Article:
Environment and Breast Cancer: Science Review

Evidence From Humans
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Intrauterine environment and breast cancer risk in women: a population-based study
Ekbom, A., Hsieh, C. C., Lipworth, L., Adami, H. Q., Trichopoulos, D. J Natl Cancer Inst. 1997. 89:1, 71-6.
Topic area
Early life exposures
Study design
Nested case-control
Funding agency
NCI; CaP CURE Foundation
Study Participants
Menopausal Status
The menopausal status of women included in this study is listed here.
Number of Controls
Controls: 2727
Participant selection: Inclusion and exclusion criteria
Criteria used to select participants in the study.
In: women born at one of the five participating hospitals in the Uppsala-Orebro Health care region in Sweden during the period from 1874 through 1961 and who survived at least until January 1, 1958. Eligible cases were all women in the National Cancer registry (1958-1992) and the Uppsala Regional Cancer Registry (1993-1994) who have been diagnosed with invasive breast cancer and had a code for any of the four relevant counties. Eligible controls subjects, females born to the first three mothers who were admitted to the corresponding hospital after the case patient's mother.
Comment about participation selection
Very good tracing of the women. Adjustment for other early life exposures.
Exposure Investigated
Exposures investigated
Birth weight, birth length, maternal age, maternal pre-eclampsia/eclampsia, neonatal jaundice, severe prematurity, twin membership
Exposure assessment comment
Diagnostic criteria may have changed since 1974, accuracy of medical report
Statistical Analysis
Breast cancer outcome investigated
Primary incident breast cancer
Ethnic groups with separate analysis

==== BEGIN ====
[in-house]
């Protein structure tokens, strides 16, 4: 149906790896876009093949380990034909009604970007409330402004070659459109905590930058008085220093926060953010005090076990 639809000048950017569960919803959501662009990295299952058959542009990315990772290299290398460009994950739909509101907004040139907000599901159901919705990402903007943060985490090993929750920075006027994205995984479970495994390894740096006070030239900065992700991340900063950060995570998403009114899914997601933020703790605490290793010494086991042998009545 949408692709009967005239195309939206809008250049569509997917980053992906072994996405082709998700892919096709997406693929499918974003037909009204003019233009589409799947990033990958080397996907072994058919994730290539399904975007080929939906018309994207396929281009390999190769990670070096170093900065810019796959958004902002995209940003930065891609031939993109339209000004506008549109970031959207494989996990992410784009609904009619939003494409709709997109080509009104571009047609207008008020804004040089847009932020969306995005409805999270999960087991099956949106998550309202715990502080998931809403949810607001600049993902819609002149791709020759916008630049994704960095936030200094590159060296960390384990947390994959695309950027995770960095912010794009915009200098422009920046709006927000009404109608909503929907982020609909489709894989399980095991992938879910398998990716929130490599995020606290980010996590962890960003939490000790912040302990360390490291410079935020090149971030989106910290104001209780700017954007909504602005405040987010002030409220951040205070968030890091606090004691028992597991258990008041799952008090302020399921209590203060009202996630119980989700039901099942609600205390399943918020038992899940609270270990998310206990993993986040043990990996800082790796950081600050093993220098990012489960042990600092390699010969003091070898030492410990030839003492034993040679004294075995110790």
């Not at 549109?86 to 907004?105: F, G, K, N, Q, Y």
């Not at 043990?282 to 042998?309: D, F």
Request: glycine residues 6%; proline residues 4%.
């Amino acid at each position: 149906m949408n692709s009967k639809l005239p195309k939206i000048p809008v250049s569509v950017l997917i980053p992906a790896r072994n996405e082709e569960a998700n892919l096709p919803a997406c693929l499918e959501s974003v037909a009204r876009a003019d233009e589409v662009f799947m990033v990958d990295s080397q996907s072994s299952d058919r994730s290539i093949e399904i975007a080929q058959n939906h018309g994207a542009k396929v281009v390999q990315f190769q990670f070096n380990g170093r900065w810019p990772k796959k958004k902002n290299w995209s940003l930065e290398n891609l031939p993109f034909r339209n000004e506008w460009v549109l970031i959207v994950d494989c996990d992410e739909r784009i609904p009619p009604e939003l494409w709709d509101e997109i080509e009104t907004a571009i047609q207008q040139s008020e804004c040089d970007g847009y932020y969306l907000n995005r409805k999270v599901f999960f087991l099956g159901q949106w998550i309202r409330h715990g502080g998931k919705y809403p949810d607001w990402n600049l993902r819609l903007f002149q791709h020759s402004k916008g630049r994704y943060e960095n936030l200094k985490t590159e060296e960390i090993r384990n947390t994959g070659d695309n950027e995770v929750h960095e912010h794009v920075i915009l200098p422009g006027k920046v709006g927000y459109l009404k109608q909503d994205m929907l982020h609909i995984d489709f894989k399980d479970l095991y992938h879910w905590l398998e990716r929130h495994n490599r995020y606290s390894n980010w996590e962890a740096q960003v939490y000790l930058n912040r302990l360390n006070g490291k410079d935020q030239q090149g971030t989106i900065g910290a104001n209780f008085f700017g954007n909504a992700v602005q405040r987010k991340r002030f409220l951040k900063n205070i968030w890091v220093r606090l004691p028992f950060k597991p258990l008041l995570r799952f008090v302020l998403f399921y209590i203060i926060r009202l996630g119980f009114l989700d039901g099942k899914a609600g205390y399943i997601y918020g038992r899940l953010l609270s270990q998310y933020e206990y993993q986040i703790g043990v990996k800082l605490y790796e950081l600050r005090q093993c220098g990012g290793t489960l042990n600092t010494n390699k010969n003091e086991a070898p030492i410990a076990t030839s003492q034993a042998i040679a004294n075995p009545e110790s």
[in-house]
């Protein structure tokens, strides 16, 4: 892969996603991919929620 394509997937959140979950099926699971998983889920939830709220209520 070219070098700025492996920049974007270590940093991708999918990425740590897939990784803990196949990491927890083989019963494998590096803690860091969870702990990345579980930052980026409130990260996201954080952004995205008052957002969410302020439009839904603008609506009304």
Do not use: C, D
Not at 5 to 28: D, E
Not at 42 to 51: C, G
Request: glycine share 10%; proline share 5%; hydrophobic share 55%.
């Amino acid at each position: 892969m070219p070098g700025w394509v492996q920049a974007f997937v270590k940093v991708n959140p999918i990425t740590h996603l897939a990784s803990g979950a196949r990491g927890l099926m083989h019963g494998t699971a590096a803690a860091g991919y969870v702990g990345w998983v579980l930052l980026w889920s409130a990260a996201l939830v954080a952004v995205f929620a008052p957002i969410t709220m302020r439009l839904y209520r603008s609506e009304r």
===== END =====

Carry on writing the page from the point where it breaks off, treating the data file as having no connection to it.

If this study provided a separate analysis by ethnic or racial group, the groups are listed here.
Confounders considered
Other breast cancer risk factors, such as family history, age at first birth, and hormone replacement therapy use, that were taken into account in the study.
BMI, race, parity, menopausal status, alcohol consumption, family history of breast cancer
Genetic characterization included
If the study analyzed relationships between environmental factors and inherited genetic variations, this field will be marked “Yes.” “No”, if not.
Description of major analysis
Conditional logistic regression model conditioned on age and birth date and additionally adjusted for maternal age, maternal socioeconomic status, maternal parity and other early life exposures. Adjusted OR with 95% CI; birth weight: >=4000g versus 2500-2
Strength of associations reported
Birth weight: 1.04 (0.77 -1.41); birth length: 1.05 (0.82 -1.34); maternal age: 1.06 (0.99 -1.14); pre-eclamsia/eclampsia: 0.41 (0.22 - 0.79); jaundice: 2.16 (1.27 - 3.67); prematurity: 3.96 (1.45 -10.81); twin:1.72 (0.92 - 3.20)
Results Comments
Increasing breast cancer risk with birth size indicators remained weak , there is some evidence of an association with pregnancy estrogens and risk of breast cancer. Severe prematurity and neanatal jaundice were markedly and significantly associated with breast cancer risk.
Author address
Department of Cancer Epidemiology, Uppsala University, Sweden.